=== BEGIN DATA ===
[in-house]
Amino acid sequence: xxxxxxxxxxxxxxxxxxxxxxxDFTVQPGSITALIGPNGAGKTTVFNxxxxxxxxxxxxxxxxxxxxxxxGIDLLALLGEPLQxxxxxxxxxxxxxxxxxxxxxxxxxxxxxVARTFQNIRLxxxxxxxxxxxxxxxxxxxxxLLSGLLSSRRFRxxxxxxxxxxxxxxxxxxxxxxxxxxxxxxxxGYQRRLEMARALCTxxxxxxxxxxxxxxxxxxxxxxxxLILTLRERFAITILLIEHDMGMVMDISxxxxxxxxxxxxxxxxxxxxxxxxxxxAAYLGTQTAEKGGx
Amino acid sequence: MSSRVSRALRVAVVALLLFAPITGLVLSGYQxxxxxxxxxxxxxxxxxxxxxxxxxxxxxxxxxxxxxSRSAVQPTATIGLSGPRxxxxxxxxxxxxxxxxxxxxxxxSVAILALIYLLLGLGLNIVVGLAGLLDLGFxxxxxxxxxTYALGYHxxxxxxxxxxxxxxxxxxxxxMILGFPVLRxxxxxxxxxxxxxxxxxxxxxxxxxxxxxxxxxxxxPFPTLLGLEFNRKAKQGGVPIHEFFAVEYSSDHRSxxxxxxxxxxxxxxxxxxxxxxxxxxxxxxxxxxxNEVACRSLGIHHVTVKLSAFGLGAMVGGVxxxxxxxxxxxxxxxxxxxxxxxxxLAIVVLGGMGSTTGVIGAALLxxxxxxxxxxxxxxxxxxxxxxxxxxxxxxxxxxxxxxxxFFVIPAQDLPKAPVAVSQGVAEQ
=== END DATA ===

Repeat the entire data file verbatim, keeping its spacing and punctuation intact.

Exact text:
[in-house]
Amino acid sequence: xxxxxxxxxxxxxxxxxxxxxxxDFTVQPGSITALIGPNGAGKTTVFNxxxxxxxxxxxxxxxxxxxxxxxGIDLLALLGEPLQxxxxxxxxxxxxxxxxxxxxxxxxxxxxxVARTFQNIRLxxxxxxxxxxxxxxxxxxxxxLLSGLLSSRRFRxxxxxxxxxxxxxxxxxxxxxxxxxxxxxxxxGYQRRLEMARALCTxxxxxxxxxxxxxxxxxxxxxxxxLILTLRERFAITILLIEHDMGMVMDISxxxxxxxxxxxxxxxxxxxxxxxxxxxAAYLGTQTAEKGGx
Amino acid sequence: MSSRVSRALRVAVVALLLFAPITGLVLSGYQxxxxxxxxxxxxxxxxxxxxxxxxxxxxxxxxxxxxxSRSAVQPTATIGLSGPRxxxxxxxxxxxxxxxxxxxxxxxSVAILALIYLLLGLGLNIVVGLAGLLDLGFxxxxxxxxxTYALGYHxxxxxxxxxxxxxxxxxxxxxMILGFPVLRxxxxxxxxxxxxxxxxxxxxxxxxxxxxxxxxxxxxPFPTLLGLEFNRKAKQGGVPIHEFFAVEYSSDHRSxxxxxxxxxxxxxxxxxxxxxxxxxxxxxxxxxxxNEVACRSLGIHHVTVKLSAFGLGAMVGGVxxxxxxxxxxxxxxxxxxxxxxxxxLAIVVLGGMGSTTGVIGAALLxxxxxxxxxxxxxxxxxxxxxxxxxxxxxxxxxxxxxxxxFFVIPAQDLPKAPVAVSQGVAEQ